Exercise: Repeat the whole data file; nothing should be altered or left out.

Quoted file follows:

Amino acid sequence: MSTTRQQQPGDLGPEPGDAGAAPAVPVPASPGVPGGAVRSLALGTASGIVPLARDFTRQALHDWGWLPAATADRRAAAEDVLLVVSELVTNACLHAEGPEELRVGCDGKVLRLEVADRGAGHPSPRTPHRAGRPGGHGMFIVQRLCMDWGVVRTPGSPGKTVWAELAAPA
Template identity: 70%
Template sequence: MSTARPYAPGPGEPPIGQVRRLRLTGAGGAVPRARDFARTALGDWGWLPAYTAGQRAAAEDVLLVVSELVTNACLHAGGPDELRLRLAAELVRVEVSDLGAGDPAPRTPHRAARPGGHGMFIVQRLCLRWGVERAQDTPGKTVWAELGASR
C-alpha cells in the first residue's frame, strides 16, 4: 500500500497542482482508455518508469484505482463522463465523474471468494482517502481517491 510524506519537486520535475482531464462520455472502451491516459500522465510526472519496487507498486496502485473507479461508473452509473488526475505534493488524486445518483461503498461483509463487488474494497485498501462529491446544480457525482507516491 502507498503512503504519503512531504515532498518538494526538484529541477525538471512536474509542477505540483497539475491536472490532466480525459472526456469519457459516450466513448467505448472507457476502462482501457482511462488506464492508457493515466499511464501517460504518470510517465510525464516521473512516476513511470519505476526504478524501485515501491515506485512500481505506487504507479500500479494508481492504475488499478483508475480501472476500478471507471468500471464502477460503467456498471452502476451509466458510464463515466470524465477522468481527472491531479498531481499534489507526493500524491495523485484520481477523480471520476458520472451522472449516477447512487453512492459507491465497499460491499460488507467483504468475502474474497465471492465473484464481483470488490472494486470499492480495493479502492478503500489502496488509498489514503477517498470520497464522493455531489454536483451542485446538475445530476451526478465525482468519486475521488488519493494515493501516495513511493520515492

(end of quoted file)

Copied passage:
Amino acid sequence: MSTTRQQQPGDLGPEPGDAGAAPAVPVPASPGVPGGAVRSLALGTASGIVPLARDFTRQALHDWGWLPAATADRRAAAEDVLLVVSELVTNACLHAEGPEELRVGCDGKVLRLEVADRGAGHPSPRTPHRAGRPGGHGMFIVQRLCMDWGVVRTPGSPGKTVWAELAAPA
Template identity: 70%
Template sequence: MSTARPYAPGPGEPPIGQVRRLRLTGAGGAVPRARDFARTALGDWGWLPAYTAGQRAAAEDVLLVVSELVTNACLHAGGPDELRLRLAAELVRVEVSDLGAGDPAPRTPHRAARPGGHGMFIVQRLCLRWGVERAQDTPGKTVWAELGASR
C-alpha cells in the first residue's frame, strides 16, 4: 500500500497542482482508455518508469484505482463522463465523474471468494482517502481517491 510524506519537486520535475482531464462520455472502451491516459500522465510526472519496487507498486496502485473507479461508473452509473488526475505534493488524486445518483461503498461483509463487488474494497485498501462529491446544480457525482507516491 502507498503512503504519503512531504515532498518538494526538484529541477525538471512536474509542477505540483497539475491536472490532466480525459472526456469519457459516450466513448467505448472507457476502462482501457482511462488506464492508457493515466499511464501517460504518470510517465510525464516521473512516476513511470519505476526504478524501485515501491515506485512500481505506487504507479500500479494508481492504475488499478483508475480501472476500478471507471468500471464502477460503467456498471452502476451509466458510464463515466470524465477522468481527472491531479498531481499534489507526493500524491495523485484520481477523480471520476458520472451522472449516477447512487453512492459507491465497499460491499460488507467483504468475502474474497465471492465473484464481483470488490472494486470499492480495493479502492478503500489502496488509498489514503477517498470520497464522493455531489454536483451542485446538475445530476451526478465525482468519486475521488488519493494515493501516495513511493520515492